There aren’t a lot of pictures of the Joanina aside from John’s portrait because that’s pretty much the whole library. There are three grand rooms–halls is probably a more accurate word because the ceilings are so high, and there are two levels of books–with reading tables on either side of a red carpet that leads up to a grand piano beneath John’s gilded portrait. And this room is in my version of the Joanina. It’s just set back behind a reception desk in the center of a grand hall with a huge stone staircase that leads up to the second of three floors and that opens into several different wings. John’s room is through the stacks behind the reception desk and meant to be an honorary place rather than the single place of study.

And yet, I’m not disappointed in the slightest. I’ll definitely have to put a note at the beginning of Freddie’s duology to state that the Joanina is nowhere near as big as I’d imagined it, and the library featured in the story is in honor of it rather than based solely on it. This room does exist, and there are a few scenes with Freddie playing the piano beneath John’s portrait, but the Joanina in the rest of his story is very different, and I don’t feel too obnoxious saying that I think the library would be proud of how I’ve given it even more grandeur and presence.

Truly, though, getting to see the inside of the Joanina, to walk up the front steps to those massive wooden doors that Freddie does every morning, was like walking in the footsteps of a beloved ghost, and it was such a fantastic experience.

The day, after I managed to get back to my Airbnb, ended with much needed pasta and tomatoes at BBGourmet because I just wanted some comfort food, and then it was off to bed because I had a day off of adventures in the morning!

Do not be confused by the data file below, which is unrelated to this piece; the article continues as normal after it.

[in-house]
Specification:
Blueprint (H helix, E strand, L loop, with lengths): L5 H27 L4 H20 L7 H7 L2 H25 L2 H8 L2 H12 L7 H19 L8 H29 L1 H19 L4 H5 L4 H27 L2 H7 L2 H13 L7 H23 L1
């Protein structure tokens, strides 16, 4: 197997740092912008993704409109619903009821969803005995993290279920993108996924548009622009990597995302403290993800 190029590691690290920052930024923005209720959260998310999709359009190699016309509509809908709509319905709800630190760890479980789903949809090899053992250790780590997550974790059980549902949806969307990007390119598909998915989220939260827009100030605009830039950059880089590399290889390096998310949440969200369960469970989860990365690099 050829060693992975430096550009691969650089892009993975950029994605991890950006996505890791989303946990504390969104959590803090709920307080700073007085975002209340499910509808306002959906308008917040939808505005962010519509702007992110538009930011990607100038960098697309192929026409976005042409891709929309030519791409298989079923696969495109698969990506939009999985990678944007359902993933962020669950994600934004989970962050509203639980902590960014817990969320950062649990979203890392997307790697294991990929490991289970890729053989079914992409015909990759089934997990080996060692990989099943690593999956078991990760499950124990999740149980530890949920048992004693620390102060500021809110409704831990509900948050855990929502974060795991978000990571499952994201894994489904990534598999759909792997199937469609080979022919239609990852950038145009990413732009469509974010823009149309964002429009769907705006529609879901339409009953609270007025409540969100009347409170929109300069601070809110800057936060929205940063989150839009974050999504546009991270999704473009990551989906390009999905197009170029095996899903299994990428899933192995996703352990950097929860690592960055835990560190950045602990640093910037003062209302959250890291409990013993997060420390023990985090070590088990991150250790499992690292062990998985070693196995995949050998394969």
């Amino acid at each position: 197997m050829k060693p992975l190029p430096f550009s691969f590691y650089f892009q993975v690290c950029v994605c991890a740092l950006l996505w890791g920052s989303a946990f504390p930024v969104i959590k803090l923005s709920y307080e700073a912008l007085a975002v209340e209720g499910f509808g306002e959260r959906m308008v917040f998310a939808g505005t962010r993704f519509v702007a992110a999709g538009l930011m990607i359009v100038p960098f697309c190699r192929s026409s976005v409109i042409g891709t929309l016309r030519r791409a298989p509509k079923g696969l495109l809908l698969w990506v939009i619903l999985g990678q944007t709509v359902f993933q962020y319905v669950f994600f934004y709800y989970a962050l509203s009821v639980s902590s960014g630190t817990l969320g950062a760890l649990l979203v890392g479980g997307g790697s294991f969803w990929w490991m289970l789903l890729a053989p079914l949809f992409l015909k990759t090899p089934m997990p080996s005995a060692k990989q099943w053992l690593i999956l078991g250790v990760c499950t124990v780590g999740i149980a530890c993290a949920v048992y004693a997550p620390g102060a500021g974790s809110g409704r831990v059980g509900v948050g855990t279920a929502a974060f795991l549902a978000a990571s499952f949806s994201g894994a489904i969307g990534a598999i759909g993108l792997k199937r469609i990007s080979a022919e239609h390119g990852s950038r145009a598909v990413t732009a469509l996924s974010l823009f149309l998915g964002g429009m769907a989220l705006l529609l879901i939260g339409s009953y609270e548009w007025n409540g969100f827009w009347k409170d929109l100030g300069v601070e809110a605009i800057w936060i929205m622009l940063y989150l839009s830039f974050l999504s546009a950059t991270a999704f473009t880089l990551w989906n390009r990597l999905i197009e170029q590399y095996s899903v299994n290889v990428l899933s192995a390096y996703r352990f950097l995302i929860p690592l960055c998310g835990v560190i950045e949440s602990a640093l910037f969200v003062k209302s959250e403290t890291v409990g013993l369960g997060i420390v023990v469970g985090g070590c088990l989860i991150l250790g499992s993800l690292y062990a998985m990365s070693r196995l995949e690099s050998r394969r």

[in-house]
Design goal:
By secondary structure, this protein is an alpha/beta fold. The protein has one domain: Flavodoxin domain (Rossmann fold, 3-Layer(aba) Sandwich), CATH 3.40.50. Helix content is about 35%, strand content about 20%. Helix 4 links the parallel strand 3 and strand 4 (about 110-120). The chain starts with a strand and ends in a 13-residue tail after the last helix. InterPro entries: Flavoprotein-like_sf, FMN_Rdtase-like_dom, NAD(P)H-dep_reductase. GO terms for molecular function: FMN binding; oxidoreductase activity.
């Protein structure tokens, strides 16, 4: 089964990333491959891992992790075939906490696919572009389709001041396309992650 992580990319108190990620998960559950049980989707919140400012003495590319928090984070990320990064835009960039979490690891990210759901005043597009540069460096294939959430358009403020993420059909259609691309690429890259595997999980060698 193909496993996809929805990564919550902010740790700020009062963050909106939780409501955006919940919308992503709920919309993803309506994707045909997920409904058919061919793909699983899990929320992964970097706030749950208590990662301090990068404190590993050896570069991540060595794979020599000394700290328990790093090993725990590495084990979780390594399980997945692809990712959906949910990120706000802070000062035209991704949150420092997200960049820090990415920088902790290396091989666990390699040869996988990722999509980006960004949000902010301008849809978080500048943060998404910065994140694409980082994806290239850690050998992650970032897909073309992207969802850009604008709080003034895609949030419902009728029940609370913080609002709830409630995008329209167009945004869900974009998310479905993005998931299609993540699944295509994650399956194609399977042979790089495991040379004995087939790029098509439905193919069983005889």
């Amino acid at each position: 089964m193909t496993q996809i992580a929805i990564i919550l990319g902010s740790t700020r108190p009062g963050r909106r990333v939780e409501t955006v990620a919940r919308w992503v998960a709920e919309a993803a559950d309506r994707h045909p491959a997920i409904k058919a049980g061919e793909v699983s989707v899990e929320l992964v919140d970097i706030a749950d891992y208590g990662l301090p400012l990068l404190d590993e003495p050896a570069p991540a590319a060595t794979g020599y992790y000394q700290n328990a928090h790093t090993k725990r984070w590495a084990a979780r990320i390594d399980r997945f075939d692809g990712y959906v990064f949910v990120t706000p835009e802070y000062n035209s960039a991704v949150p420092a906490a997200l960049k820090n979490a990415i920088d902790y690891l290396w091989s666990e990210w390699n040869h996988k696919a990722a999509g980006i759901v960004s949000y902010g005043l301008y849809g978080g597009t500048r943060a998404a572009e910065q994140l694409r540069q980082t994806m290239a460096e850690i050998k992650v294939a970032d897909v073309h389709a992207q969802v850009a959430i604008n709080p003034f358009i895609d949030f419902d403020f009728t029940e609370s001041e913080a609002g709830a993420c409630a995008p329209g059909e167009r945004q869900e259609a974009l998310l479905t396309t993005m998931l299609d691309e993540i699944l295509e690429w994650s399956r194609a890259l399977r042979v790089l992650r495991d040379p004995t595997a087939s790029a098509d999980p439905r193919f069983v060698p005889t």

Day seven: March 25
Igreja Monumento de São Francisco & Pálacio da Bolsa

I’m so glad that I’ve scheduled in days off at each of my cities (except Madeira, sadly) because I definitely need them. Thus far, i’ve spent my days off in both Lisboa & Porto working on my blog, visiting the city’s churches (duh), and taking some much needed space for rest in the afternoon. After sleeping in for a bit, I went to Esquire Coffee for breakfast, where I had a mushroom and avocado omelet that, despite not having cheese, was really good, and a waffle with strawberries. The one food thing that’s bummed me out in Portugal has been tea because either the mugs or tiny or the tea is in a bag, but Esquire gave me a huge mug with a pot of Earl Grey tea, and I was living.

I had a COVID test scheduled for 10:40AM, so I hiked up the never-ending hills of Porto to SYNLab, where I paid €80 for a test in order to fly into the Açores, and then it was back down all those hills toward Pálacio da Bolsa. I didn’t realize that the tours were mandatory to explore the palace, and the next English one was at 2PM, so I bought my ticket and headed back down the stairs to the church that’s right next to the palace.